I love beginning new knitting projects. Finishing them is another story. Ravelry, the knitters online community, constantly gives me new ideas. When I began knitting, I thought I would consume less because of the amount of time needed to complete a single garment. However, if you let me into a yarn store, I feel the luscious fibers, and I will come away with a lot of yarn!
Lately, there is a lot of yarn sitting around the house. The yarn doesn't just sit around in skeins. Oh no, I have 6 projects in the works at the moment...
Ziyal by Allison Goldthorpe is a free pattern on Ravelry. I bought this Misti Alpaca yarn in Tasmania and have struggled to find a project for it. This is a prime example of the yarn impulse buy. If there is one thing I have learned in my years of knitting, it is that one skein is rarely enough yarn for any project. Walk away, better yet run away if there is only one skein of that dye lot left in the store. Unless of course you want to make socks.
Socks, like Tin Can Knits Rye pattern, are a fantastic way to use up that extra ball of yarn from your last project. I am terrified of running out of yarn before the end of a project. It often takes me three months to make a sweater. I do not, on the home stretch, want to find out that I need one more ball and that colorway is sold out throughout Australia! So I often buy an extra 200 meters or yards of yarn just in case. So, I generally have leftovers. Check out some sock patterns. They are quick projects and super comfy!
I had a whole bunch of uneven handspun yarn sitting around the house. Did I mention that I tried spinning? It went alright. Spinning creates a lot of yarn fairly quickly, but leaves little time for knitting. I found more skeins were piling up in my stash. Again, not the best when I was trying to cut down on my general consumption. My handspun yarn is not the most even throughout. I chose Briggs Street by Dawn Catanzaro (Quince & Co.). This pattern let me use my handspun and even it out a bit with a contrasting color. I love Manos del Uruguay yarn!
We're not done yet. What is that, 3 projects? Holy moly, three more to go.
Maeve by Carrie Bostick Hoge - nice name by the way! - will be a fantastic sweater once it is finished. It is very very monotonous knitting. If you are looking for your first no-sweat-er, this is it! It is quick and easy. Lately, I like a little challenge, which this pattern doesn't supply. Therefore, it has been sitting on the shelf for a few months.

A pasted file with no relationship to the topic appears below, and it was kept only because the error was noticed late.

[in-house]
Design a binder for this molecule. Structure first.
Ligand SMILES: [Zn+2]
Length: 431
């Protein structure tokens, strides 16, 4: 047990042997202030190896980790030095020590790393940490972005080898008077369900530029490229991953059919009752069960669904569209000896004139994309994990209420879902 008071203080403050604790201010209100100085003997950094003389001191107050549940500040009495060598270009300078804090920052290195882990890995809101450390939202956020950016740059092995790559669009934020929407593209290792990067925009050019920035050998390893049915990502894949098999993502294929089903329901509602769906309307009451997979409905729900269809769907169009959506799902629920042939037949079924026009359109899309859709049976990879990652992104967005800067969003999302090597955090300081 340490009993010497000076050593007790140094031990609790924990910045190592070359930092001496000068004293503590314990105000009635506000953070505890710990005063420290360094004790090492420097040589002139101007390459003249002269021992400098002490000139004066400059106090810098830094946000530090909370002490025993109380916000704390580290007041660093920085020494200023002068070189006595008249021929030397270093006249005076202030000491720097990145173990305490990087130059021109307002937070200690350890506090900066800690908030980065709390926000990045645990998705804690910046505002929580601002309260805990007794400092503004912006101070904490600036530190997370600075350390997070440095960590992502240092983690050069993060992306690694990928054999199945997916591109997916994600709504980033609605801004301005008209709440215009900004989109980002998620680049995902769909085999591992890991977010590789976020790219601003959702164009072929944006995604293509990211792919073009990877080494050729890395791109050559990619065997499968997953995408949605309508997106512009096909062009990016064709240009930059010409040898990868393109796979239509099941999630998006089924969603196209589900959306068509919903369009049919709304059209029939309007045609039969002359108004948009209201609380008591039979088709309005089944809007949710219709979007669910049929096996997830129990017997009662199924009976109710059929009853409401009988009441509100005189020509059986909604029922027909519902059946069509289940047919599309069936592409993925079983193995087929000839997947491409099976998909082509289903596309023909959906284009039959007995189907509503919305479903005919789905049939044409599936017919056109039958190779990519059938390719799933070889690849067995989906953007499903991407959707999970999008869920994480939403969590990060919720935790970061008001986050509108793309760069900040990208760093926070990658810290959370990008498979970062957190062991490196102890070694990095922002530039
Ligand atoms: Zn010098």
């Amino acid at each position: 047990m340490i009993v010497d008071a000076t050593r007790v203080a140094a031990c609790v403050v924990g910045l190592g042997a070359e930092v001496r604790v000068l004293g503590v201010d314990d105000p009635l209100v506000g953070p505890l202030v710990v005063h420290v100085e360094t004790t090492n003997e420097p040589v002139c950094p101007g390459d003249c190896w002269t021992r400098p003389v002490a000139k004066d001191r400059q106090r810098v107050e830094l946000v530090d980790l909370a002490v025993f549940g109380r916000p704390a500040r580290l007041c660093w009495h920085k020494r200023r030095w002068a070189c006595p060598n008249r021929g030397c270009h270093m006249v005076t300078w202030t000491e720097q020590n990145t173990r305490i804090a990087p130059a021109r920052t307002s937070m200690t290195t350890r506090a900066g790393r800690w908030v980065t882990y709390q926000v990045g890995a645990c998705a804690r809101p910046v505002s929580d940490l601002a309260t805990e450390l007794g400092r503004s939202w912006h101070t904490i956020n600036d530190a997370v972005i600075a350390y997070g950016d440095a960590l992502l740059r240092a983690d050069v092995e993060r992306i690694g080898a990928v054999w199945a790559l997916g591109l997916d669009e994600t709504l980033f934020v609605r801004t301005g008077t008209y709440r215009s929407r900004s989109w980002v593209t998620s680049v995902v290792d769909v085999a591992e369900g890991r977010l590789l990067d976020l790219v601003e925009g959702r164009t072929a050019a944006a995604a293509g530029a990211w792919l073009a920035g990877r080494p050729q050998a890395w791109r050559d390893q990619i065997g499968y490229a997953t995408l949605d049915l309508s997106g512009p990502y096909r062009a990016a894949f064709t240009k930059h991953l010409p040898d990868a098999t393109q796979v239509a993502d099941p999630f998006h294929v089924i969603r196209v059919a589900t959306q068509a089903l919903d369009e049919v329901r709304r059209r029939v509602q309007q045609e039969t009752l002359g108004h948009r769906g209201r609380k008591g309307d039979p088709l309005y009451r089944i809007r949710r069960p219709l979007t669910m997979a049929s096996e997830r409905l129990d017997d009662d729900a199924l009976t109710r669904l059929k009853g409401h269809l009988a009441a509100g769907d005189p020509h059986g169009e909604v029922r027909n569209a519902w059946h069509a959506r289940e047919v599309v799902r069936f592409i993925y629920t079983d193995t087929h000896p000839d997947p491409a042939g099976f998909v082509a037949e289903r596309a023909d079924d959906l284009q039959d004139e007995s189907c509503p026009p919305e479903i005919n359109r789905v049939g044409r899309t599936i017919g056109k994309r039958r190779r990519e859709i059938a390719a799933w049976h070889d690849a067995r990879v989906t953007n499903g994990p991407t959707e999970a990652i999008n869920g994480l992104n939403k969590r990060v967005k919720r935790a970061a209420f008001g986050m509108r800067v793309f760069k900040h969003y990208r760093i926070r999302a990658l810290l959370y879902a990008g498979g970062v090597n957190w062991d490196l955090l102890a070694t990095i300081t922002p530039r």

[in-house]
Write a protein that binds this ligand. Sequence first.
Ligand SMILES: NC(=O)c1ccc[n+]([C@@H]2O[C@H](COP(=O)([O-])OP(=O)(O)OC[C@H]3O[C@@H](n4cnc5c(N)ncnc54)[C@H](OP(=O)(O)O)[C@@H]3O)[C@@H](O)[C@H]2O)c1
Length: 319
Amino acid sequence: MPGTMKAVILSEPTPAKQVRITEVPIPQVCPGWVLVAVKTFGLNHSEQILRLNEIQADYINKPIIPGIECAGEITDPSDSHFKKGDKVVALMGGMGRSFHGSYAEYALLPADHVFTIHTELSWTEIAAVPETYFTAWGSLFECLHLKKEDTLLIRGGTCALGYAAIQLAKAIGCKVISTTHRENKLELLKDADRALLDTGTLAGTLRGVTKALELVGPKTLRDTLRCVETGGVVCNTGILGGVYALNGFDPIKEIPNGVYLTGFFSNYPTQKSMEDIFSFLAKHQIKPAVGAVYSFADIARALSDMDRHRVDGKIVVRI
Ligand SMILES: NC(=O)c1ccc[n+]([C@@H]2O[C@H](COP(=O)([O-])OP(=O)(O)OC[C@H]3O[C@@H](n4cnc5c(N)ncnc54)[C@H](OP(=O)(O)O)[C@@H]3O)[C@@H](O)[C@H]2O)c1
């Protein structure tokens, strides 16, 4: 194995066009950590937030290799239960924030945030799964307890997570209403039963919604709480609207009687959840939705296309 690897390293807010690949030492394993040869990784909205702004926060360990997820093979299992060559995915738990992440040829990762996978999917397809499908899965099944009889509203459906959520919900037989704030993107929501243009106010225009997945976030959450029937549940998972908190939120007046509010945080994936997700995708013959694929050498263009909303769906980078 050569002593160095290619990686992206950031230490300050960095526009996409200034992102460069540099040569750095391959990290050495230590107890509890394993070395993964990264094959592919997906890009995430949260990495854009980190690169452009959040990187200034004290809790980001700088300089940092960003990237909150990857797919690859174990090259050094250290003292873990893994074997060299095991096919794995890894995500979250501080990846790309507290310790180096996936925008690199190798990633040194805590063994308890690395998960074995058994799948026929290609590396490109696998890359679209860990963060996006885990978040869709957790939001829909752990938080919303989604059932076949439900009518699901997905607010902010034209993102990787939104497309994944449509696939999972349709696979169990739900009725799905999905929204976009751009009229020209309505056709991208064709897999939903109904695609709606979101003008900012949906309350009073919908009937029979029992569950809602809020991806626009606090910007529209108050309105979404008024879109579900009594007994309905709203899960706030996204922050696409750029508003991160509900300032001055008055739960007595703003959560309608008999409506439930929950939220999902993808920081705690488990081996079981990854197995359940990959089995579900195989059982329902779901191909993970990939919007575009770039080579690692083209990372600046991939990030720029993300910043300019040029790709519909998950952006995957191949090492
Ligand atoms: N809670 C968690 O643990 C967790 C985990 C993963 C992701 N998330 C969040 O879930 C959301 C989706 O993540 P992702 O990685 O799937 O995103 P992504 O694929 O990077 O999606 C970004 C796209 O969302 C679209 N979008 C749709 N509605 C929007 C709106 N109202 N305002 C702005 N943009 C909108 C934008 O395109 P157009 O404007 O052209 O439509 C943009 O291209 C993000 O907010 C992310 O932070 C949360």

Did I just say that I wanted complicated? I take it back! I take it all back! This sweater has been my nemesis for two years. I have frogged it (taken it all out, every last stitch until I have balls of yarn again) twice. The pattern is not entirely hard to understand. It's just hard to see where you are at on the sweater if you don't constantly write it down. I often forget to write it down. Regardless, I will finish the Maija Pullover, Mari Muinonen, by the time I fly back to the sates for Christmas. Hold me to that.
Finally, ah we made it! We have the Summit Shawl by Mandi Harrington. I love this pattern. It incorporates a mix of eyelet holes created by an entrelac-ish pattern and dropped stitches. The only problem is, the yarn is itty bitty thin which means progress is slow going. I've been working on this project for roughly four years and plan to have a good portion of it done in the next four. I make no guarantees about actually finishing it.
I haven't looked at all of the projects together until today. I will finish at least some of these by the end of the month!
Do you like the bags that I keep my projects in? I make them! Head over to my Etsy shop and take a look at what's available.